AMMAN, May 18 (Suleiman al-Khalidi/Reuters) - Jordan's cabinet approved an electoral law on Tuesday preserving a voting system that reduces representation in cities which are Islamist strongholds in favor of rural and Bedouin areas.
Officials said the cabinet approved the draft law under which multi-party parliamentary elections are expected to be contested before the end of the year.
King Abdullah abruptly dissolved parliament last November after it completed half of its four-year term and called for early elections by 2010.
A month later, the monarch appointed a new government led by Palace aide Samir al-Rifai charged with speeding up electoral changes with a mandate to bring genuine political reforms and broader representation.
No official reason was given at the time for the dissolution of what was considered a rubber stamp assembly, composed of 110 mainly tribal pro-government loyalists, but politicians said it lost credibility by inept handling legislation.
The draft law will be effective after a royal decree is enacted this week.
Political sources say its main changes include adding 10 extra parliamentary seats with six seats allocated for women under an existing quota system while the underrepresented main cities of Amman, Zarqa and Irbid were given an extra four seats in a token gesture.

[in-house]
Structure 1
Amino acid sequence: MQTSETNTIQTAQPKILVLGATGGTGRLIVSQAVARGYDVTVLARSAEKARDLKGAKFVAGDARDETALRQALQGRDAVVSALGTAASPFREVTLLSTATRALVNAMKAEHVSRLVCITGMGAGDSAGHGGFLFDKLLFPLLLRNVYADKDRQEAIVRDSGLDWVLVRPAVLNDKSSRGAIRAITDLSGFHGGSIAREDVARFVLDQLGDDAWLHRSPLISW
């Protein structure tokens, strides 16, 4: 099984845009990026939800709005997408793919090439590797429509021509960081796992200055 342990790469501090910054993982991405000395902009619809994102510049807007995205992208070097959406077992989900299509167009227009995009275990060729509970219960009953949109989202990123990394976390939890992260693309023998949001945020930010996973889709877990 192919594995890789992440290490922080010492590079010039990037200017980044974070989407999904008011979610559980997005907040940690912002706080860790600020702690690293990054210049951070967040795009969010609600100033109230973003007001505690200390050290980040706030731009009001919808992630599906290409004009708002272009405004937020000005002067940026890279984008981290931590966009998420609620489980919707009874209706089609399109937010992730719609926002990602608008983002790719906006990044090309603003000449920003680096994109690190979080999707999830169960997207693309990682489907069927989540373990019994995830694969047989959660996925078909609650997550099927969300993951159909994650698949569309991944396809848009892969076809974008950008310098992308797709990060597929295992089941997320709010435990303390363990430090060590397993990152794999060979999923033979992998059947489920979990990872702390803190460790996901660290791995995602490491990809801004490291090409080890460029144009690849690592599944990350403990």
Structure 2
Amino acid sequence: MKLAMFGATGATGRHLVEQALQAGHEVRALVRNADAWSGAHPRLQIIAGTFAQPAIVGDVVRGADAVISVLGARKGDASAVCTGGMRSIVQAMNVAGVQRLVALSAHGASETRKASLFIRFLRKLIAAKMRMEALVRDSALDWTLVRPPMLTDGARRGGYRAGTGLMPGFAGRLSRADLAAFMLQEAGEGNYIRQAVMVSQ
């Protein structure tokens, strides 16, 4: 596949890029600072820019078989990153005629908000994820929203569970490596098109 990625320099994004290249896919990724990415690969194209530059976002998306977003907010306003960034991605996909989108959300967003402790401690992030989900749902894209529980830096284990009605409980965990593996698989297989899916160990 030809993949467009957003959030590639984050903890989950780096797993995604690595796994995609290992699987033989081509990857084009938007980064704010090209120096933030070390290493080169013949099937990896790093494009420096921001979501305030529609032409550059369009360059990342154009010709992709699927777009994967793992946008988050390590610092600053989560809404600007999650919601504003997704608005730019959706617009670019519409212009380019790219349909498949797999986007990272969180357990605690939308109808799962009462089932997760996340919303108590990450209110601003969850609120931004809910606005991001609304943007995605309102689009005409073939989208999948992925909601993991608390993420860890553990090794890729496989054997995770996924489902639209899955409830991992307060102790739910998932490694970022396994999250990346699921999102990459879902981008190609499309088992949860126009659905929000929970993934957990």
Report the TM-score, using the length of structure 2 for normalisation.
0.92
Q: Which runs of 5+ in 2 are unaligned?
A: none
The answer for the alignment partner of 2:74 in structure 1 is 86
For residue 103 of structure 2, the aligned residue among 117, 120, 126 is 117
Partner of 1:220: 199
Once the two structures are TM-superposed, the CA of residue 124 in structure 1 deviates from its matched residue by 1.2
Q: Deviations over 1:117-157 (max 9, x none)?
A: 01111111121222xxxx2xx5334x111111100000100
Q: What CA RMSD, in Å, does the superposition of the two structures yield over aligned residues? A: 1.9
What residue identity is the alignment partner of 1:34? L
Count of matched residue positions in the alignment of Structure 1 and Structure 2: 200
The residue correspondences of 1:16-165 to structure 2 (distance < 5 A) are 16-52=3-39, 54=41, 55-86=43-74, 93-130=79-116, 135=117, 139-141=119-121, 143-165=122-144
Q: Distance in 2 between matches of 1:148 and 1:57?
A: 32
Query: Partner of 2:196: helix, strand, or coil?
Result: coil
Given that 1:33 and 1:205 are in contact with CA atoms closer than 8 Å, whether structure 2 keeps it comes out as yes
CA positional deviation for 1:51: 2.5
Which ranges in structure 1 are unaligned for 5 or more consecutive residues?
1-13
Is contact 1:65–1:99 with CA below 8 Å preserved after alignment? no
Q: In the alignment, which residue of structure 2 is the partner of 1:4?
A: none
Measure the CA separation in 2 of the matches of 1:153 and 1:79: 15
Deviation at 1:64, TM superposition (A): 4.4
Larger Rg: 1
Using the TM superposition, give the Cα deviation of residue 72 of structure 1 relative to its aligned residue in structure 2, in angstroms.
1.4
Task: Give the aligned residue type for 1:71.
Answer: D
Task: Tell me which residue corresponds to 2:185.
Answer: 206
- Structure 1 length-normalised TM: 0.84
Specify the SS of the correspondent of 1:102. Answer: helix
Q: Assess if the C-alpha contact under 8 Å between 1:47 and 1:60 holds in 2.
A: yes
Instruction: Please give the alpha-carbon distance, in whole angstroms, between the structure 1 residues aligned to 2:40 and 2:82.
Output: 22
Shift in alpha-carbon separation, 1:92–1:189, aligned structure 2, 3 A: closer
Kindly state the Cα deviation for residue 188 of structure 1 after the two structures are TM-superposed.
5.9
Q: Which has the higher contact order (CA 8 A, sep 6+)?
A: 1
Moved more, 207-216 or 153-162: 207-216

Parliament, a stronghold of tribal support, was elected in November 2007 under a controversial electoral law that reduced the representation of the largely Palestinian-dominated cities, which are Islamic strongholds, in favor of rural and Bedouin areas.
King Abdullah had hoped for a new US drive for Middle East peace and the stalemate in Israeli-Palestinian relations is casting a shadow on a country a majority of whose six million citizens are of Palestinian origin.
Many Jordanians fear their countrymen of Palestinian origin will settle permanently in the kingdom if they cannot return to the Palestinian territories, and are resisting their political empowerment in Jordan.
Political sources say a leaked copy of the new draft law retains a voting system first introduced in 1993 with carefully tailored electoral districts.
Jordan's Islamist opposition, strident opponents of Israel
, alongside independent politicians and liberals say successive governments have failed to deliver greater political liberalization. (Writing by Suleiman al-Khalidi; editing by Angus MacSwan)